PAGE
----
The lawyers representing the two men charged in connection with the deaths of seven students at Rock Gutter two years ago have noted that nothing has been done to make the area safer.
Ehud Myers, a 67-year-old pastor, and Davanan Nanton, a 36-year-old chauffeur, have each been charged with seven counts of involuntary manslaughter in connection with the Jan. 12, 2015 tragedy.
The students died when the minivan in which they were travelling crashed into the sea, apparently after its brake failed.
In making a no case submission at the end of a month-long preliminary inquiry on Wednesday, Myers’ lawyer, Grant Connell told the Serious Offences Court in Kingstown that the entire nation felt the pain that resulted from the incident.
“We cannot change the past. We cannot dictate the future. But we can do something now. It is a gift. That’s why we call it the present,” he said in his closing submissions before Chief Magistrate Rechanne Browne-Matthias.
“The question we must ask ourselves, what has been done since to prevent another Rock Gutter and prevent our nation from feeling such pain again and that parents would never see their children again … who, in words of [the investigator,] Station Sergeant [Junior] Nero, … looked at the Coast Guard floating outside as the bodies washed ashore?”
Connell, who had taken his boat and civilian divers that morning to help in the rescue and recovery, said that it seems that in St. Vincent and the Grenadines everyone must have one quality to be a hero: “We must die.”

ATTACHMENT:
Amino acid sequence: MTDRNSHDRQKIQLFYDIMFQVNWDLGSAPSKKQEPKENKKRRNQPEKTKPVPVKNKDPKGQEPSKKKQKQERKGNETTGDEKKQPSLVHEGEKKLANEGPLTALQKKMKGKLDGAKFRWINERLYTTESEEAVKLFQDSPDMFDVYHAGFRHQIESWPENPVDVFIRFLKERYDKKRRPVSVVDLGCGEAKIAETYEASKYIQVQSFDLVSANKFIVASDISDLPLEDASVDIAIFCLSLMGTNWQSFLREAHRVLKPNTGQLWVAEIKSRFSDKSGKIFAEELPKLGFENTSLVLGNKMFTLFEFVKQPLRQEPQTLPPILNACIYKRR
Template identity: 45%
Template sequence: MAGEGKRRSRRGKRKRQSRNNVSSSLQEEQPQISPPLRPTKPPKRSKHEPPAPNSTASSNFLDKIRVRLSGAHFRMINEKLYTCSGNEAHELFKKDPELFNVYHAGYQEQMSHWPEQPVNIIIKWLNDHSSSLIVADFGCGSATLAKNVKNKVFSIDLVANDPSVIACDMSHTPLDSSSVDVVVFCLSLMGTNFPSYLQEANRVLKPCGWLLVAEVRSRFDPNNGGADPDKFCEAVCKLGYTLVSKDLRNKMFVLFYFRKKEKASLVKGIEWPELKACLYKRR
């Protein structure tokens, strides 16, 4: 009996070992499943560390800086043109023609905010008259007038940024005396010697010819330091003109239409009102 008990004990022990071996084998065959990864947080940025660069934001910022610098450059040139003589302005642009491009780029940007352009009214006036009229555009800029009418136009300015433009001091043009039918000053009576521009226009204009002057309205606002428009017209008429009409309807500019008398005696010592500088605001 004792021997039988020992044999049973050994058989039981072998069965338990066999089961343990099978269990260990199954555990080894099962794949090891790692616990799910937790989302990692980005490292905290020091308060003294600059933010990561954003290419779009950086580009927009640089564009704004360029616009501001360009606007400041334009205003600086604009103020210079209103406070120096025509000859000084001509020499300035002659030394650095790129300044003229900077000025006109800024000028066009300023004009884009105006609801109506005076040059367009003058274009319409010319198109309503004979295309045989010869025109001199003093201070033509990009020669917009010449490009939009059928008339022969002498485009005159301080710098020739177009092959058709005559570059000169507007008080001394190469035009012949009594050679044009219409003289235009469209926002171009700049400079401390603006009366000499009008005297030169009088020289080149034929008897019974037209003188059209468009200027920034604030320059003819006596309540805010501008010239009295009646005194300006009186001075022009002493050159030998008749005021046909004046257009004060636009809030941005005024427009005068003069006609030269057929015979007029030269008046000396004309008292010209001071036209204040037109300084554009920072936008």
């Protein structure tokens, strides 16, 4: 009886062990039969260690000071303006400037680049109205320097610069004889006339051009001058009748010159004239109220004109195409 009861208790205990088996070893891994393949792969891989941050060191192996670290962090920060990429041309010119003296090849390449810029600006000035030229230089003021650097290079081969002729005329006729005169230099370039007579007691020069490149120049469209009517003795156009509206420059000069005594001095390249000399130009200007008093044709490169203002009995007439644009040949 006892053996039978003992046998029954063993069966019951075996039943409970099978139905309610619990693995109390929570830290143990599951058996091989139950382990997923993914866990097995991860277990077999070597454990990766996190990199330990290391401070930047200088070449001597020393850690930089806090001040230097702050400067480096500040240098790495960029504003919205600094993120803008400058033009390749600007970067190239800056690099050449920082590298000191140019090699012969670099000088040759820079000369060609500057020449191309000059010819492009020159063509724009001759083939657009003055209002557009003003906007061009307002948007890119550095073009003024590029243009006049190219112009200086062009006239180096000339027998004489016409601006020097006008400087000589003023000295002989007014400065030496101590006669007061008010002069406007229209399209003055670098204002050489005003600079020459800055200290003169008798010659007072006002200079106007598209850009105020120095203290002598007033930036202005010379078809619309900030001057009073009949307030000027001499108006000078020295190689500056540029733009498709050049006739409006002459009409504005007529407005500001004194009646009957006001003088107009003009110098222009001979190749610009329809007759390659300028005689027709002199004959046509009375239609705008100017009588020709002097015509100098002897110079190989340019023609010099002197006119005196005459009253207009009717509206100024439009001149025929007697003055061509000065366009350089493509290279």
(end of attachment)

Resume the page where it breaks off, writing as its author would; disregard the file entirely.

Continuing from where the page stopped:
He, however, said the nation must look and see where true power in the land lies and those who did not think of themselves when they went into the water to try to save the students.
“I add this because I, too, was out there,” Connell said.
He asked the court “to let the case come to a grinding halt.
“Let it rest so that the souls of those children as Ehud Myers said, one of them, [who] … gave her life to Christ at his church, would be at pains to know that we are prosecuting him…”
And, Israel Bruce, who is representing Nanton in the case, described the incident as an “unfortunate tragedy”.
He said he had recently heard statements “about the presence of some symbolism to remind persons of this tragedy at Rock Gutter”.
Bruce was speaking of the plaque erected in memory of the students, which was unveiled on Tuesday.
“I say we need more than symbolism to remind people and the relevant authorities need to make sure that they put in place protective barriers on the northern tip of St. Vincent and the Grenadines where a number of beautiful mountains and valleys exist.
“But they are existing within the framework of lurking danger. We must demonstrate our love for our people, and the unfortunate loss of these seven lives should teach us a deeper lesson. Not a lesson in prosecution, but a lesson in love and care for our people,” Bruce told the court.
The magistrate will give her decision next week Friday, March 31.
The Taiwan Embassy in Kingstown procured the commemorative plaque after Prime Minister Ralph Gonsalves told the Taiwan ambassador, Baushuan Ger in December that the government planned to dedicate a plaque for the children on Jan. 12 this year.
Ger told the unveiling ceremony on Tuesday that due to certain unforeseen circumstances, that government’s plan didn’t work out, and Gonsalves asked if his embassy could be of any assistance in such a short notice.
When the owner of that Taiwanese company that made the plaque learned about the tragedy and the purpose of this commemorative plaque, he not only committed to source a piece of beautiful granite stone but also decided to provide the plaque and the masonry work free of charge.
As the shipment from Asia to SVG encountered significant delays during the holiday season, this plaque didn’t make it to St. Vincent in time for the Jan. 12 anniversary of the tragedy, Ger said.